It was really weird just because I didn't know that it was going to go that way. I was just responding to a TikTok. I just was like, “This could be me.” I saw other Marissas responding to it. It could [have been] anyone. And then right when I posted it, it just went berserk-o and got millions of views. 

It was this online viral moment but it was about your actual life. Did it have any IRL effect?

It affected my life completely. I still have a full-time job, but I travel to these new cities every single weekend and have all these people on the internet who reached out to me. It's really, really cool being able to just make somebody's day by responding to their messages. I've reached out to so many people; I've met so many new people. They just care to be friends. Since everybody knows about all this stuff that's happened, no one's not going to be straightforward with me. I know who's around me now and who's there for a real reason. I never heard from those girls [who planned the party] ever. I have yet to run into them. I've never gotten an apology. But I know that they've seen [the video].

Are you still in contact with Drew?

Actually, he just texted me today. He's super cool. We talk all the time.

How did the idea for these meetups come about?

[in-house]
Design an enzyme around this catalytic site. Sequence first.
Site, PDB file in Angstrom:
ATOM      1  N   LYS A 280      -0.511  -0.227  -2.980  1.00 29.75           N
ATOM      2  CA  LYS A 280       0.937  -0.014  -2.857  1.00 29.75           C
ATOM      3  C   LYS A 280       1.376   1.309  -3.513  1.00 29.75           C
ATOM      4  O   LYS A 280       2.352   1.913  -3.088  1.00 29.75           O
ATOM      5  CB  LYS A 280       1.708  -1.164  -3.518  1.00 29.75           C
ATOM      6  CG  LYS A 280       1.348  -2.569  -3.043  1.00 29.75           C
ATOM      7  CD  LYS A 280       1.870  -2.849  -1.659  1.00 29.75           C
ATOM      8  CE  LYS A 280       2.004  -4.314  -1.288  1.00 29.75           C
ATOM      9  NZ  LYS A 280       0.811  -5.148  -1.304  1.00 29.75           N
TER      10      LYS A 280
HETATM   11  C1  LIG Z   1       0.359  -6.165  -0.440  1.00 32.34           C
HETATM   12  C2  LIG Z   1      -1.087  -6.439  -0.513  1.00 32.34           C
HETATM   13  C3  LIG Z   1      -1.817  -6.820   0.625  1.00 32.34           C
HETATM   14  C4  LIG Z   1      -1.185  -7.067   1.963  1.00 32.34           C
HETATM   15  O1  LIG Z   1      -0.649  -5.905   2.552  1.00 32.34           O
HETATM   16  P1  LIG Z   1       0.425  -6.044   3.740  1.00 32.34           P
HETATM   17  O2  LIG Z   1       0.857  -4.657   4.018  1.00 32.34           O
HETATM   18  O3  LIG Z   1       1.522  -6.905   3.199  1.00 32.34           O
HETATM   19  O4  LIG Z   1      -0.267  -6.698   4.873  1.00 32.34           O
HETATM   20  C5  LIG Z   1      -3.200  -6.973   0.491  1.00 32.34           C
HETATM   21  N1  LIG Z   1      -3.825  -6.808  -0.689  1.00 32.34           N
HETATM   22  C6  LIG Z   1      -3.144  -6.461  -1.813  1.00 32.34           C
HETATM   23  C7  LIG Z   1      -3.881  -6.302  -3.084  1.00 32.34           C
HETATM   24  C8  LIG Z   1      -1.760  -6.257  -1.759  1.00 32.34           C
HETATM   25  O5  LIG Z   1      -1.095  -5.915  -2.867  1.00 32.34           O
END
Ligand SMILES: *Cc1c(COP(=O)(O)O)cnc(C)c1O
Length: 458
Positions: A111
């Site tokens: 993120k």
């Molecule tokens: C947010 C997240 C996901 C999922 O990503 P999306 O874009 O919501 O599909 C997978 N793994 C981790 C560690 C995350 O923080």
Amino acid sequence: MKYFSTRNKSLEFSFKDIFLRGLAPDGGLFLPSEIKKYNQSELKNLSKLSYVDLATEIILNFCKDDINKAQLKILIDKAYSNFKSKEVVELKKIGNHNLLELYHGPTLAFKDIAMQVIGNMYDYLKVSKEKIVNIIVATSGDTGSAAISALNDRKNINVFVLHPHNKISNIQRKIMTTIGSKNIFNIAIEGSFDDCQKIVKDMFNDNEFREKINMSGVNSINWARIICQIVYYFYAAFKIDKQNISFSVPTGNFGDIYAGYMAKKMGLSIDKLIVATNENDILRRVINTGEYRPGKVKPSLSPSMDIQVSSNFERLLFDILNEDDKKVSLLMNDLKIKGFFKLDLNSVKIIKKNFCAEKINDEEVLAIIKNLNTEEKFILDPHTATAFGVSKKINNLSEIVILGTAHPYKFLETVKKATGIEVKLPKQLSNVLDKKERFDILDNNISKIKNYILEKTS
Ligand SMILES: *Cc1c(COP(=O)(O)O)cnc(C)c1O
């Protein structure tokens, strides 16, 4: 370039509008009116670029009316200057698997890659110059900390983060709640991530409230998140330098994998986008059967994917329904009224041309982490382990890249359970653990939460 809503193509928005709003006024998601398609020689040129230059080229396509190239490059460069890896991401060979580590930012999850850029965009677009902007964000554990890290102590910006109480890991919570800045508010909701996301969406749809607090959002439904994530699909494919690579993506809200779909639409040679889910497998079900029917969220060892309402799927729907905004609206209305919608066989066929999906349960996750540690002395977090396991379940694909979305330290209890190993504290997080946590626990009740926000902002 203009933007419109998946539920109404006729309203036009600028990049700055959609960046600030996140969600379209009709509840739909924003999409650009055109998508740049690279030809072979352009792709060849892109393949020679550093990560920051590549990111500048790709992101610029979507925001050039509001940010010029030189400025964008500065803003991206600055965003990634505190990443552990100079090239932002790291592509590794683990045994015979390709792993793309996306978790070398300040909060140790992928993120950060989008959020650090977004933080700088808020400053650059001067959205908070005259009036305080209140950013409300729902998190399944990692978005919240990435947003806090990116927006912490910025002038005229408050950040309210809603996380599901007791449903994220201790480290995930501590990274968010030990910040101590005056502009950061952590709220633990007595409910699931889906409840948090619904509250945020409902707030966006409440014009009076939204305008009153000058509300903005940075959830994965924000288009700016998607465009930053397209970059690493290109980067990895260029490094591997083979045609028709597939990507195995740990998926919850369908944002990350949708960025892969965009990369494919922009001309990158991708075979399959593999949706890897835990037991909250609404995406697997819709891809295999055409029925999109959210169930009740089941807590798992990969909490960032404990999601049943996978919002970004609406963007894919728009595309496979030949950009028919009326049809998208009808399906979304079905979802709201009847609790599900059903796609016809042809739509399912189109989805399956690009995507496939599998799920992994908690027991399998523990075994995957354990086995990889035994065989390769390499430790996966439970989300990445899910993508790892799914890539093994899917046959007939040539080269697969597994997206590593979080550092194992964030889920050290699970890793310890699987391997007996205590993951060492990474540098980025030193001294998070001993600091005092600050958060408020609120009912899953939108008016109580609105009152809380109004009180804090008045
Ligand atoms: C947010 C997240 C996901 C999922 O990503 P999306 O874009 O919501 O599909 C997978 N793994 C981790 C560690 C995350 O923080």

When I first posted all those videos people were like, "Oh my gosh, I live in New York, too. I want new friends. I can't find new friends." Everyone was reaching out to me being like, "Hey, do you want to go get dinner tomorrow? Hey, do you want to hang out this weekend?" I just couldn't meet up with every single person. So I posted a TikTok like, “Maybe like let's all meet up for a picnic. Let's just meet up in the park or something.” Everyone was like, “I'm coming, I'll be there. I'll send it to my friend.” We met up and a hundred and some people [were there]. 

Are there any structured activities during the meetup or is it mostly a hangout?

They're kind of structured in their own way. People make them in their own way. Like some picnics, people will be like, "Hey, let's do a game." Other picnics everyone's just chilling, having a good time. Like the last one, these people ordered pizza for everyone. I was really nervous in the beginning because I didn't know if people would be cliquey or if people would not get along with each other or whatever. But then I realized, people are coming trying to meet people and meet friends. 

So do people mostly show up alone?

90 percent of people show up alone. A lot of people are like, “I'm really nervous to show up alone.” I just respond like, “Hey, almost every single person shows up alone.” I think also the fact that I try to respond to every single person they're like, “Oh, okay, cool. She'll make sure I'm good to go.”

Some people are just like, “I'm here 'cause I saw the TikTok.” And then the other people are like, “I've lived here for years and I have no friends.” And it also depends—like, in Boston, almost every single person was like, “No one wants to talk to anybody in this city. Everyone just goes clubbing.” But if I go to DC, everyone's like, “Oh yeah, I have tons of friends, but I just wanted to come out here and hang out.”